Are We A System Or A Network? A Hat Tip to Russell Ackoff, Again

Almost everything these days is a network (5B Google hits). Or a system (10B Google hits). Are systems and networks the same thing? Are they very different?

A very brief side trip into definitions and etymology might answer this for us, definitively. Network is defined by OED as “a group or system of interconnected people or things.” Network comes from the Proto-Germanic *natjo, perhaps originally “something knotted,” from PIE root *ned– “to bind, tie” and *werka– “work,” from PIE *werg– “to do.” So, from the Proto-Germanic for bound-together work or interconnected people or things. System is defined by OED as “a set of things working together as parts of a mechanism or an interconnecting network; a complex whole.”  System comes from the Greek systema “organized whole, a whole compounded of parts,” from syn– “together,” from PIE root *sta– “to stand, make or be firm.” So, from the Greek for interconnected parts. OED seems to partially define a network as a system and a network as a system. So, the definitions and etymology do not seem to clarify much.

Then, there is Russell Ackoff. For me it is always worth it to go back to Russell Ackoff, especially for clarity around seemingly complex themes. In his 2010 book Differences That Make a Difference: An Annotated Glossary of Distinctions Important in Management, Ackoff distinguishes networks from systems, clarifying their distinct power and purpose.

A system is a whole that is defined by its function in a larger system of which it is a part. (An automobile, for example, is defined for its role in the transportation system: a university by its role in the educational system.) It has at least two essential parts–parts without which it could not perform its defining function. For example, an automobile cannot function without a motor, fuel, pump, or battery. A person cannot function without a brain, lungs, and a heart. The essential parts have five essential characteristics: (1) Each can affect the behavior or properties of the whole; (2) The way an essential part affects the whole depends on what at least one other part is doing. The effects of the parts are interdependent; (3) Every two essential parts are connected, directly or indirectly; (4) Subsets of essential parts (subsystems) also can affect the properties or behavior of the whole, and the way they affect the whole depends on at least one other subsystem; (5) There is a direct or indirect connection between every pair of subsystems. It follows that a system is a whole that cannot be divided into independent parts. Its properties and behavior derive from the interactions of its parts, not their actions considered separately.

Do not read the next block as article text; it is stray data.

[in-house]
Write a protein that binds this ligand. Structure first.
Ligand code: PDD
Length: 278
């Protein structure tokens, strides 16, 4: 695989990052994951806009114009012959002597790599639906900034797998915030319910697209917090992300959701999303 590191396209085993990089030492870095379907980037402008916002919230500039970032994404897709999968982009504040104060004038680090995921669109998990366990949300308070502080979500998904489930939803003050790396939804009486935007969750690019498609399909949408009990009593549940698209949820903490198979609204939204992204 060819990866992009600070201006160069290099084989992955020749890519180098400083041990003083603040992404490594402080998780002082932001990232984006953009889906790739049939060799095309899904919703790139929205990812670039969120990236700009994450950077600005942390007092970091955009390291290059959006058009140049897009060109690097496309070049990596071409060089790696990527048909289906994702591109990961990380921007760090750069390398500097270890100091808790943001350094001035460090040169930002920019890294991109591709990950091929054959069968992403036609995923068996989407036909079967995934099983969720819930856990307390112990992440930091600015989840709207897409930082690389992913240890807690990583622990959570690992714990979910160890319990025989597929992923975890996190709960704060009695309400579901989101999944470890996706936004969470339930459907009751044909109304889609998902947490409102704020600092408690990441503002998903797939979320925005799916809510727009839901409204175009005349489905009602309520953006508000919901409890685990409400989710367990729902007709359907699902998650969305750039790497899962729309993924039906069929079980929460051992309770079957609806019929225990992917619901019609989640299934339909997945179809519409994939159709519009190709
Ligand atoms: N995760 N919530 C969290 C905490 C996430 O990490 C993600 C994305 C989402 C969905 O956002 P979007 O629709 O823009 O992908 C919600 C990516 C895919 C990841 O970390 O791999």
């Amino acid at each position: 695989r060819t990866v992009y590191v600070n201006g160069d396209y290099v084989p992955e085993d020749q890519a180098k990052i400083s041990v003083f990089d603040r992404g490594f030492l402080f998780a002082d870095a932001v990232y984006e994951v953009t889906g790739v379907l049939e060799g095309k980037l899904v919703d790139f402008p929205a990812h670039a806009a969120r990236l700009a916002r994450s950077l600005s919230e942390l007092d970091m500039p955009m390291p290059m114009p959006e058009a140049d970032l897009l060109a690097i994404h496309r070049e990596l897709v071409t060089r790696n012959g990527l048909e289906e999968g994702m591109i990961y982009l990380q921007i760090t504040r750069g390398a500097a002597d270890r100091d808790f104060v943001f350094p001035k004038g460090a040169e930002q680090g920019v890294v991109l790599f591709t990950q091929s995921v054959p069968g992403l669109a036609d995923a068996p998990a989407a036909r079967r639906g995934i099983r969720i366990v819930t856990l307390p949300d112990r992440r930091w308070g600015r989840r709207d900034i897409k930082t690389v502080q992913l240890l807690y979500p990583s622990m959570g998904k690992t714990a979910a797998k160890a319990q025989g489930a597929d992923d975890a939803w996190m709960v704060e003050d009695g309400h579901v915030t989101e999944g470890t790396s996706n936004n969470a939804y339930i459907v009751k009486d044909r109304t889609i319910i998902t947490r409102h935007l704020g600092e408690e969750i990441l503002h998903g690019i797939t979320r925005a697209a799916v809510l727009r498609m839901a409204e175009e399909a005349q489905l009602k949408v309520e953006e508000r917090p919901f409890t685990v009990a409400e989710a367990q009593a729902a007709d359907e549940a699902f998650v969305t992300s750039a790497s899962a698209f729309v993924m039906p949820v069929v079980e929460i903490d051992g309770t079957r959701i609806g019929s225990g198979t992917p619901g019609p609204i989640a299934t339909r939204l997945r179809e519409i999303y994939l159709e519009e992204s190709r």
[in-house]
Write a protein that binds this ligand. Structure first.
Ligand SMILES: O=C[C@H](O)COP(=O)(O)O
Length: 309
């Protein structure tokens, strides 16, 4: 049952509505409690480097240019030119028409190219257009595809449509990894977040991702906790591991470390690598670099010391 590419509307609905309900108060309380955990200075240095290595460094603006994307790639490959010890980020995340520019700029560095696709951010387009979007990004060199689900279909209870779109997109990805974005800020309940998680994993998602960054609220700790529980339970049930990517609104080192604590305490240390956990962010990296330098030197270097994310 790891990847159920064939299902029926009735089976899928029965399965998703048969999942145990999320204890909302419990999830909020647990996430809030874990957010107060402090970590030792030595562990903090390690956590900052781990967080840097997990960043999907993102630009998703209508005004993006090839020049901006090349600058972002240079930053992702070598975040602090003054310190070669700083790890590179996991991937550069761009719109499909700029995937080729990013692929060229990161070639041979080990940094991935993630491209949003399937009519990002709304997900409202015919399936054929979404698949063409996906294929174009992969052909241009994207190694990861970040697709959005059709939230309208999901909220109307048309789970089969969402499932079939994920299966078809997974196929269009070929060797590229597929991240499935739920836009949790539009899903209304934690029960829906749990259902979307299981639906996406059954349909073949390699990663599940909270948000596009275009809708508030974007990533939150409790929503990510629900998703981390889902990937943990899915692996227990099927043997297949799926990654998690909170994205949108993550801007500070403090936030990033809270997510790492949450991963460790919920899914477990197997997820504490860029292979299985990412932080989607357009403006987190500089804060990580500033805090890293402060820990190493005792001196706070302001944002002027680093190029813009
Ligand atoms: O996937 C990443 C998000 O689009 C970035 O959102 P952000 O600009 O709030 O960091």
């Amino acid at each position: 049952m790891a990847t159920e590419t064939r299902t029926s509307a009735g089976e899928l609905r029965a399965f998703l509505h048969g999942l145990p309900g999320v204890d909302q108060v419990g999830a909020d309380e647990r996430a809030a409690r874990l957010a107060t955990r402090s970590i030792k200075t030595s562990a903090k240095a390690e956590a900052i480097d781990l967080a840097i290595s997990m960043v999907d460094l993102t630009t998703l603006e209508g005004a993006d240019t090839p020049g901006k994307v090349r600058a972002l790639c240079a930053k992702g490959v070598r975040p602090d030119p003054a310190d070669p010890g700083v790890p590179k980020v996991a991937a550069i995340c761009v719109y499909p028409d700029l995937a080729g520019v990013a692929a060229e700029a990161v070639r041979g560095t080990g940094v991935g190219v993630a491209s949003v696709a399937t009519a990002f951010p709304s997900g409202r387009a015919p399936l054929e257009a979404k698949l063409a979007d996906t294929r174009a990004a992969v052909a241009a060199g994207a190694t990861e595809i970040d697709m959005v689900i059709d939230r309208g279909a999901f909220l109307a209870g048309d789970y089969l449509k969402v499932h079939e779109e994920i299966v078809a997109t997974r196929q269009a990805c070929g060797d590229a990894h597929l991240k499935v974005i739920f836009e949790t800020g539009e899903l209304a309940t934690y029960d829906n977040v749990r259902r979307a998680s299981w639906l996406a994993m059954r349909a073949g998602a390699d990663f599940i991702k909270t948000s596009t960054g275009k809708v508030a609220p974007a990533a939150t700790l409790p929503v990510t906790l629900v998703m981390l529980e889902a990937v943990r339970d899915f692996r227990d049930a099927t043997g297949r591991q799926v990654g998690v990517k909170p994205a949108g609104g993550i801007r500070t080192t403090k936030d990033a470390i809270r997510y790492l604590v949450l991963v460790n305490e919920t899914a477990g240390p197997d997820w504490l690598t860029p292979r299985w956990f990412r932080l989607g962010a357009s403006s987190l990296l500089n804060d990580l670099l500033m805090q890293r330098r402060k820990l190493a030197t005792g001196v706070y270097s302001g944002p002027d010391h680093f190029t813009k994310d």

A network is a whole whose function is to enable communication between its parts. In a well-designed network, there is a connection between every possible pair of parts. But in a network, unlike a system, there are no essential parts. If any part is removed, there are alternative ways to connect the parts affected.

The parts of a system many form a network, but not every network is a system. The so-called “telephone system” is not a system but a network. It has no essential parts. However, a telephone company is a system. If a collection of parts is neither a system nor a network, it is an aggregation, like a crowd or inventory of parts. For example, consider the wired telephone network. If the connection between Philadelphia and New York is broken, one can still reach New York from Philadelphia by going through any number of cities: for example, Trenton, New Brunswick, and Newark. But, if an essential part of a system–for example, the motor from an automobile–is broken the automobile cannot perform its function.

Ackoff, R. L. (2010). Differences That Make a Difference: An Annotated Glossary of Distinctions Important in Management. Devon, UK, Triarchy Press, pp. 119-120.

Thank you, once again, Russell Ackoff for this clarity. A system is a set of interrelated parts, where the contribution of each is essential to the purpose and behavior of the whole. A network is a set of interrelated parts, providing robust communication among its parts. An aggregation is a pile of parts. Clear. So, are you a system, a network, or an aggregation?

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